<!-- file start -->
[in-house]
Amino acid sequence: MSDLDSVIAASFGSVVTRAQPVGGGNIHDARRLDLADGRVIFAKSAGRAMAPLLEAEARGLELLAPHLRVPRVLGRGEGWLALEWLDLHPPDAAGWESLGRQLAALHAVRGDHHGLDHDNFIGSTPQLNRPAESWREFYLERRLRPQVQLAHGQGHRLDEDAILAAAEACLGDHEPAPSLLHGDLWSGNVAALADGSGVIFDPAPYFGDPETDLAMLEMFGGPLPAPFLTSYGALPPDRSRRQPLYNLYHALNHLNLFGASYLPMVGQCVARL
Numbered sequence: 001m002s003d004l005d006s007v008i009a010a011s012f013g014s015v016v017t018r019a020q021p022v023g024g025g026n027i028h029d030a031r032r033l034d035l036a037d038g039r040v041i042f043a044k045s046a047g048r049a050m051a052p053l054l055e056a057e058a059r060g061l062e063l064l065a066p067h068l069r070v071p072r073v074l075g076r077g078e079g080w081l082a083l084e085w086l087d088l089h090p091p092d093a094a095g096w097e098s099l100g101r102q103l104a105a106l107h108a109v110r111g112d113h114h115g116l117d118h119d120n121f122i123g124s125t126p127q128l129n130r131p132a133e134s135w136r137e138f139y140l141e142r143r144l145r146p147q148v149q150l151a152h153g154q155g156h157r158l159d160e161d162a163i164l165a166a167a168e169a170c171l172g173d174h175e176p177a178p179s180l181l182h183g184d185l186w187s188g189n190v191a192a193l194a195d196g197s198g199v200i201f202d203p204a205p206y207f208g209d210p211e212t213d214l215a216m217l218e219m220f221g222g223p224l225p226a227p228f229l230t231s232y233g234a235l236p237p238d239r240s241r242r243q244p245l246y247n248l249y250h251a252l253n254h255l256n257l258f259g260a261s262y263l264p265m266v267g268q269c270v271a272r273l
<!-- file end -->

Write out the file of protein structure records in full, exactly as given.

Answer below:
[in-house]
Amino acid sequence: MSDLDSVIAASFGSVVTRAQPVGGGNIHDARRLDLADGRVIFAKSAGRAMAPLLEAEARGLELLAPHLRVPRVLGRGEGWLALEWLDLHPPDAAGWESLGRQLAALHAVRGDHHGLDHDNFIGSTPQLNRPAESWREFYLERRLRPQVQLAHGQGHRLDEDAILAAAEACLGDHEPAPSLLHGDLWSGNVAALADGSGVIFDPAPYFGDPETDLAMLEMFGGPLPAPFLTSYGALPPDRSRRQPLYNLYHALNHLNLFGASYLPMVGQCVARL
Numbered sequence: 001m002s003d004l005d006s007v008i009a010a011s012f013g014s015v016v017t018r019a020q021p022v023g024g025g026n027i028h029d030a031r032r033l034d035l036a037d038g039r040v041i042f043a044k045s046a047g048r049a050m051a052p053l054l055e056a057e058a059r060g061l062e063l064l065a066p067h068l069r070v071p072r073v074l075g076r077g078e079g080w081l082a083l084e085w086l087d088l089h090p091p092d093a094a095g096w097e098s099l100g101r102q103l104a105a106l107h108a109v110r111g112d113h114h115g116l117d118h119d120n121f122i123g124s125t126p127q128l129n130r131p132a133e134s135w136r137e138f139y140l141e142r143r144l145r146p147q148v149q150l151a152h153g154q155g156h157r158l159d160e161d162a163i164l165a166a167a168e169a170c171l172g173d174h175e176p177a178p179s180l181l182h183g184d185l186w187s188g189n190v191a192a193l194a195d196g197s198g199v200i201f202d203p204a205p206y207f208g209d210p211e212t213d214l215a216m217l218e219m220f221g222g223p224l225p226a227p228f229l230t231s232y233g234a235l236p237p238d239r240s241r242r243q244p245l246y247n248l249y250h251a252l253n254h255l256n257l258f259g260a261s262y263l264p265m266v267g268q269c270v271a272r273l